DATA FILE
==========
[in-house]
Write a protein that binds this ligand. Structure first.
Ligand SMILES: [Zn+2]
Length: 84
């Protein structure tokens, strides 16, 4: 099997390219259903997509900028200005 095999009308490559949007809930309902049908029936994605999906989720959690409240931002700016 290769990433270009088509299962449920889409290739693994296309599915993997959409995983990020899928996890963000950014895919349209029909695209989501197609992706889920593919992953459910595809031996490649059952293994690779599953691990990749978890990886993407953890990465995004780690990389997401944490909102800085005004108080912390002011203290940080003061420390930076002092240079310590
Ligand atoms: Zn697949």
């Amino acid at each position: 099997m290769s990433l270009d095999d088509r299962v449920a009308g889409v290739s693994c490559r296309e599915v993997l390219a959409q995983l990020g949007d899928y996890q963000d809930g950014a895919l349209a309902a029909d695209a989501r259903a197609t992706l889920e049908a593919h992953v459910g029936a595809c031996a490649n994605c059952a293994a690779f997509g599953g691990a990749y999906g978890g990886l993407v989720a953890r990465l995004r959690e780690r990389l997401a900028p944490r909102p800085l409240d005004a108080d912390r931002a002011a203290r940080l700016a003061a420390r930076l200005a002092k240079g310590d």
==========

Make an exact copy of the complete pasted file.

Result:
[in-house]
Write a protein that binds this ligand. Structure first.
Ligand SMILES: [Zn+2]
Length: 84
């Protein structure tokens, strides 16, 4: 099997390219259903997509900028200005 095999009308490559949007809930309902049908029936994605999906989720959690409240931002700016 290769990433270009088509299962449920889409290739693994296309599915993997959409995983990020899928996890963000950014895919349209029909695209989501197609992706889920593919992953459910595809031996490649059952293994690779599953691990990749978890990886993407953890990465995004780690990389997401944490909102800085005004108080912390002011203290940080003061420390930076002092240079310590
Ligand atoms: Zn697949």
């Amino acid at each position: 099997m290769s990433l270009d095999d088509r299962v449920a009308g889409v290739s693994c490559r296309e599915v993997l390219a959409q995983l990020g949007d899928y996890q963000d809930g950014a895919l349209a309902a029909d695209a989501r259903a197609t992706l889920e049908a593919h992953v459910g029936a595809c031996a490649n994605c059952a293994a690779f997509g599953g691990a990749y999906g978890g990886l993407v989720a953890r990465l995004r959690e780690r990389l997401a900028p944490r909102p800085l409240d005004a108080d912390r931002a002011a203290r940080l700016a003061a420390r930076l200005a002092k240079g310590d």